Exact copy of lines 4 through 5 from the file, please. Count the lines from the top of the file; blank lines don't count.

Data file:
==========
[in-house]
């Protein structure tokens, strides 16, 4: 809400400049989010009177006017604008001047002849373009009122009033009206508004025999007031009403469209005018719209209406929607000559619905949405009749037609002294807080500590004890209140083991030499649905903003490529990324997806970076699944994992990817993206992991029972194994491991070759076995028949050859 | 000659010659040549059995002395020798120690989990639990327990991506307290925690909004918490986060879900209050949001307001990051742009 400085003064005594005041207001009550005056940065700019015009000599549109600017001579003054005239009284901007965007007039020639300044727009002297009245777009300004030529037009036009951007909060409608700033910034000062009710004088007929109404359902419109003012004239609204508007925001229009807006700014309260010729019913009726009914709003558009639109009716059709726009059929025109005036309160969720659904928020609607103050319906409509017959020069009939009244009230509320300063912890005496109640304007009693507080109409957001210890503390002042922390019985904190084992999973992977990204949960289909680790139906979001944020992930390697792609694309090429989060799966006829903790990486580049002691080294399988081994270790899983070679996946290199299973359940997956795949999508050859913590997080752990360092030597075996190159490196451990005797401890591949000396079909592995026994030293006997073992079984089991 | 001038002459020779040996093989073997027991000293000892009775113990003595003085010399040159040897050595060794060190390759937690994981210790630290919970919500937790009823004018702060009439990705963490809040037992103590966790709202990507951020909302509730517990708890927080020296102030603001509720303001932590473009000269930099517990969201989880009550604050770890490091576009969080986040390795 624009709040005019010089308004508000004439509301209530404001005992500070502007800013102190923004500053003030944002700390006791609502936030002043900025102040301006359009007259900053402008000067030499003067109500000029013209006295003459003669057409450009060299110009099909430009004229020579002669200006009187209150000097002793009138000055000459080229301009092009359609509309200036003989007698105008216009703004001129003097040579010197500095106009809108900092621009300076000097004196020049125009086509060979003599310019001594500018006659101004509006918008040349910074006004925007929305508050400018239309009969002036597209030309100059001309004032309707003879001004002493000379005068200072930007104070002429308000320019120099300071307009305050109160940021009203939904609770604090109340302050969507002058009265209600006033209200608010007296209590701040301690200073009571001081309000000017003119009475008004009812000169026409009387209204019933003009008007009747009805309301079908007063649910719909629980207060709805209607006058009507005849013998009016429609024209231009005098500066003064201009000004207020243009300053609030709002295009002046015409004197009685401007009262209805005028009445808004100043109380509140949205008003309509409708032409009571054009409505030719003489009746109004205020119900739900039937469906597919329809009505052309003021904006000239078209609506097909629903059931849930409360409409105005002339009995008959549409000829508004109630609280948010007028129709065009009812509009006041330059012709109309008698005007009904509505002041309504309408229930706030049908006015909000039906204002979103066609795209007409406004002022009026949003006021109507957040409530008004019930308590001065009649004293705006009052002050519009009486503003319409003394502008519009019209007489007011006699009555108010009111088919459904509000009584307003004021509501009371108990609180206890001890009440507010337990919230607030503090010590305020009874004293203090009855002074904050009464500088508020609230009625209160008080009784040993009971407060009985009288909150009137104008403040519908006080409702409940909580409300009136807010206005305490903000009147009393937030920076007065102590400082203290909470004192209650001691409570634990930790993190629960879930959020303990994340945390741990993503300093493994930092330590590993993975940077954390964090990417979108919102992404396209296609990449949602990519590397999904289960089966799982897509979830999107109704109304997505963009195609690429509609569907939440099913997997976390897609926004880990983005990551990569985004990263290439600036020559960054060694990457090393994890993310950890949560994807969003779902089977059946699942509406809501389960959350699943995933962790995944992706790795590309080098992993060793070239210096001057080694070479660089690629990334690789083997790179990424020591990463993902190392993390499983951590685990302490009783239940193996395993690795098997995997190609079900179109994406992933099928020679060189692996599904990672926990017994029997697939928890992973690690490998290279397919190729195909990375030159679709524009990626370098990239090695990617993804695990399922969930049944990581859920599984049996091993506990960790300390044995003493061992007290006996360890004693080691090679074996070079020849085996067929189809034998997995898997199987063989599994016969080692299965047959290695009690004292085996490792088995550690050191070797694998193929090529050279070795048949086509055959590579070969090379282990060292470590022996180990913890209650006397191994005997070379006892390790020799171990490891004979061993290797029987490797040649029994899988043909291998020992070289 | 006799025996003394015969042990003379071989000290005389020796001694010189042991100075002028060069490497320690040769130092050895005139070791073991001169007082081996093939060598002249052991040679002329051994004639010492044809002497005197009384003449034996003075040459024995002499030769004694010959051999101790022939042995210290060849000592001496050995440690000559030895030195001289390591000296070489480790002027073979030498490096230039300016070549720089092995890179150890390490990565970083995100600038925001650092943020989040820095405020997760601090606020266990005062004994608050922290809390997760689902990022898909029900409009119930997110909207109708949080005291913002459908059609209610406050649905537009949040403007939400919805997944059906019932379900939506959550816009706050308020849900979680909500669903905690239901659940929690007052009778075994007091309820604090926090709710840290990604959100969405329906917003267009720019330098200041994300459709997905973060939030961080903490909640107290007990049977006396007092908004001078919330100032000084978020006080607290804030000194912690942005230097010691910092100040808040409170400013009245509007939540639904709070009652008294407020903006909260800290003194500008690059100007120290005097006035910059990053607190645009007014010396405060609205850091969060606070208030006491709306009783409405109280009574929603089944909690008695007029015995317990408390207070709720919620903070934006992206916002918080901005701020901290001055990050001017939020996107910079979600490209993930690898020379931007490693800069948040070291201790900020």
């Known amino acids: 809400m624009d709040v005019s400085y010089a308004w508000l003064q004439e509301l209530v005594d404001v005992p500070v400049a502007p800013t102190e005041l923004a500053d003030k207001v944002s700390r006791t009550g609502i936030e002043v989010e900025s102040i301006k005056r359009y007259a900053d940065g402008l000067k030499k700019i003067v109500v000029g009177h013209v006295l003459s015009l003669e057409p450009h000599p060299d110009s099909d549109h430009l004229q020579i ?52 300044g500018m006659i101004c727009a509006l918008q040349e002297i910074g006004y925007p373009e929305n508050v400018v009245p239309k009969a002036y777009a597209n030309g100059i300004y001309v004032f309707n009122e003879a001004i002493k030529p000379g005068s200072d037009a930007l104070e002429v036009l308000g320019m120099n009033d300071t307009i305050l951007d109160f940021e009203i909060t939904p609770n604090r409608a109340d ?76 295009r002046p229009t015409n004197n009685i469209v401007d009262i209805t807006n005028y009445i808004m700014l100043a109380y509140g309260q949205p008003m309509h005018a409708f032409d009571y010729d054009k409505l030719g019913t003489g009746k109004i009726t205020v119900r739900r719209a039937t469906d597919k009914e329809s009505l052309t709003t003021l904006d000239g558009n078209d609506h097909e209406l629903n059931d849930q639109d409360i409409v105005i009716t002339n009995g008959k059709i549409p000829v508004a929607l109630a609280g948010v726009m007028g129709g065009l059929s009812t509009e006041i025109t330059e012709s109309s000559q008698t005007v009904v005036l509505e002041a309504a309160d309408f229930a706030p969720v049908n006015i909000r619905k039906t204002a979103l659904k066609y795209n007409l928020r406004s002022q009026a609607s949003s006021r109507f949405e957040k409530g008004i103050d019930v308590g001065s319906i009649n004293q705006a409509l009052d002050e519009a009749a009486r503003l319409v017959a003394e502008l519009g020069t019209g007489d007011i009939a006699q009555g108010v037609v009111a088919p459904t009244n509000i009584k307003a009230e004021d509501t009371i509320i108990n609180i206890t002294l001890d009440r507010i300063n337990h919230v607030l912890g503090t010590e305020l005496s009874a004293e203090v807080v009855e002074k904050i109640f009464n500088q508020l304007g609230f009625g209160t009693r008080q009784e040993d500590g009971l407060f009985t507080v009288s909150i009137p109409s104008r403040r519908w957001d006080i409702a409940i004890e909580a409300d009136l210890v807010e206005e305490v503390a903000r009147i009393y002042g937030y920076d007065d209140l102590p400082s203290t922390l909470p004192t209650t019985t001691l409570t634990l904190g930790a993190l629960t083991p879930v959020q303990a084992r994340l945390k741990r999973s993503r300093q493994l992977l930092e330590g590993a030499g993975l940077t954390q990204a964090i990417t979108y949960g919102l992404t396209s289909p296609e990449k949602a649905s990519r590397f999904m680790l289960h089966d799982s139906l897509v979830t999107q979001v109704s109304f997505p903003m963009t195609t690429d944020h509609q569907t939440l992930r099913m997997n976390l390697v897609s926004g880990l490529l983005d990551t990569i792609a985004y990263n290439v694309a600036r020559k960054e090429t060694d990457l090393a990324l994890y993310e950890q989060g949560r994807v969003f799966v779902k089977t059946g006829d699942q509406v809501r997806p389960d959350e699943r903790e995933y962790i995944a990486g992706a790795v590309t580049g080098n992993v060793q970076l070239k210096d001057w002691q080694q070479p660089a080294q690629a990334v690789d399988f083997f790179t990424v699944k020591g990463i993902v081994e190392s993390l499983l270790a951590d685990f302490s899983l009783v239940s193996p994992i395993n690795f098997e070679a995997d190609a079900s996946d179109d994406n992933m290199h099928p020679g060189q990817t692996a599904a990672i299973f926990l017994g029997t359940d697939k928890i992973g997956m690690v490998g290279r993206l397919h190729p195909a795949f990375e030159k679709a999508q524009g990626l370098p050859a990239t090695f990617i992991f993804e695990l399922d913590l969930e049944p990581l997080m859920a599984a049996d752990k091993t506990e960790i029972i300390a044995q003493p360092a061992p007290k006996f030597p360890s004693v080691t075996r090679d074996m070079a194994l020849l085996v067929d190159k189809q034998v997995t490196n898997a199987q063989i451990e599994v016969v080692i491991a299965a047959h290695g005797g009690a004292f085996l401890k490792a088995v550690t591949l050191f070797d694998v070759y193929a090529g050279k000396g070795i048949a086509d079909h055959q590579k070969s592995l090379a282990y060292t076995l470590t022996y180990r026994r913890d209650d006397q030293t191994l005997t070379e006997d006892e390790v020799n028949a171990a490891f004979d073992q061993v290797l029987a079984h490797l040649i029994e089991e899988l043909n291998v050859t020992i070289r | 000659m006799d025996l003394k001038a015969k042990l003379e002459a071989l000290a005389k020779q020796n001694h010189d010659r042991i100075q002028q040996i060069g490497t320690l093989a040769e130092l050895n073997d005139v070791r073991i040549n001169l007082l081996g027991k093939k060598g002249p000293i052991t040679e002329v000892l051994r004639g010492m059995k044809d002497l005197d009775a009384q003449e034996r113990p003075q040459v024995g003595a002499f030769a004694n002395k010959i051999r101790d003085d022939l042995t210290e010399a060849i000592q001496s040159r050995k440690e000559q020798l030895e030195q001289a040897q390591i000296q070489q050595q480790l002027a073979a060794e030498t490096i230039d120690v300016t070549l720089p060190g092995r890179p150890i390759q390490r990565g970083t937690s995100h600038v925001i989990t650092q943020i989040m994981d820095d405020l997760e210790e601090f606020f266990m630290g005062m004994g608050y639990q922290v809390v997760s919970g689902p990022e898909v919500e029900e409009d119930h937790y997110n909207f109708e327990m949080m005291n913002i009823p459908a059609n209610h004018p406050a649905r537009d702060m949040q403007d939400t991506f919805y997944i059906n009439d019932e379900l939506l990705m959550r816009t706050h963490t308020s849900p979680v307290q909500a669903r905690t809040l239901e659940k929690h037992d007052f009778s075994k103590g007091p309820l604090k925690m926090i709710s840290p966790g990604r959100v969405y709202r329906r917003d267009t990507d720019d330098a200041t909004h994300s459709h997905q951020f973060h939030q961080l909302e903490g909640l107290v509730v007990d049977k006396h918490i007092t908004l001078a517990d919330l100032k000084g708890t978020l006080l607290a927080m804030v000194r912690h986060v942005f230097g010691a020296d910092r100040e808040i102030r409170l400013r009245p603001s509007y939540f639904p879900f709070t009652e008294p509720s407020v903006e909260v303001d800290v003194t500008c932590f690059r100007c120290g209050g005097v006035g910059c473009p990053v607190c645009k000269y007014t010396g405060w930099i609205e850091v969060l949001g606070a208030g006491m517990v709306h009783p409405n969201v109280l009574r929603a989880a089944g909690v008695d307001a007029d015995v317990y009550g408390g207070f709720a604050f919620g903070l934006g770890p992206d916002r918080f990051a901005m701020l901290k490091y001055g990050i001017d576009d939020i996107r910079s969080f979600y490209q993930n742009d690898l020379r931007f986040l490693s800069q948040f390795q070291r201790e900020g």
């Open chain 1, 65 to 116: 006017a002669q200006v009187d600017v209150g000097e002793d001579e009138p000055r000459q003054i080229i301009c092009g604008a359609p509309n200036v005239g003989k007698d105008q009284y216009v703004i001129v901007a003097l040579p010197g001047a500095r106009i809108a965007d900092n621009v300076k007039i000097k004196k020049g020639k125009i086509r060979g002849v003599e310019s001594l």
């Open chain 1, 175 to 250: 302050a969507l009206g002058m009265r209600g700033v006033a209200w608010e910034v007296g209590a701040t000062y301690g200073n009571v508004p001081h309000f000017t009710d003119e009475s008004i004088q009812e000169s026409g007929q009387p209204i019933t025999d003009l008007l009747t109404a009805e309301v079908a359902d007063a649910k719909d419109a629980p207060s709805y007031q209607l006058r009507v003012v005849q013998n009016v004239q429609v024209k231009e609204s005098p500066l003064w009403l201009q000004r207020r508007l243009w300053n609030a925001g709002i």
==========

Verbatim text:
């Open chain 1, 65 to 116: 006017a002669q200006v009187d600017v209150g000097e002793d001579e009138p000055r000459q003054i080229i301009c092009g604008a359609p509309n200036v005239g003989k007698d105008q009284y216009v703004i001129v901007a003097l040579p010197g001047a500095r106009i809108a965007d900092n621009v300076k007039i000097k004196k020049g020639k125009i086509r060979g002849v003599e310019s001594l």
């Open chain 1, 175 to 250: 302050a969507l009206g002058m009265r209600g700033v006033a209200w608010e910034v007296g209590a701040t000062y301690g200073n009571v508004p001081h309000f000017t009710d003119e009475s008004i004088q009812e000169s026409g007929q009387p209204i019933t025999d003009l008007l009747t109404a009805e309301v079908a359902d007063a649910k719909d419109a629980p207060s709805y007031q209607l006058r009507v003012v005849q013998n009016v004239q429609v024209k231009e609204s005098p500066l003064w009403l201009q000004r207020r508007l243009w300053n609030a925001g709002i």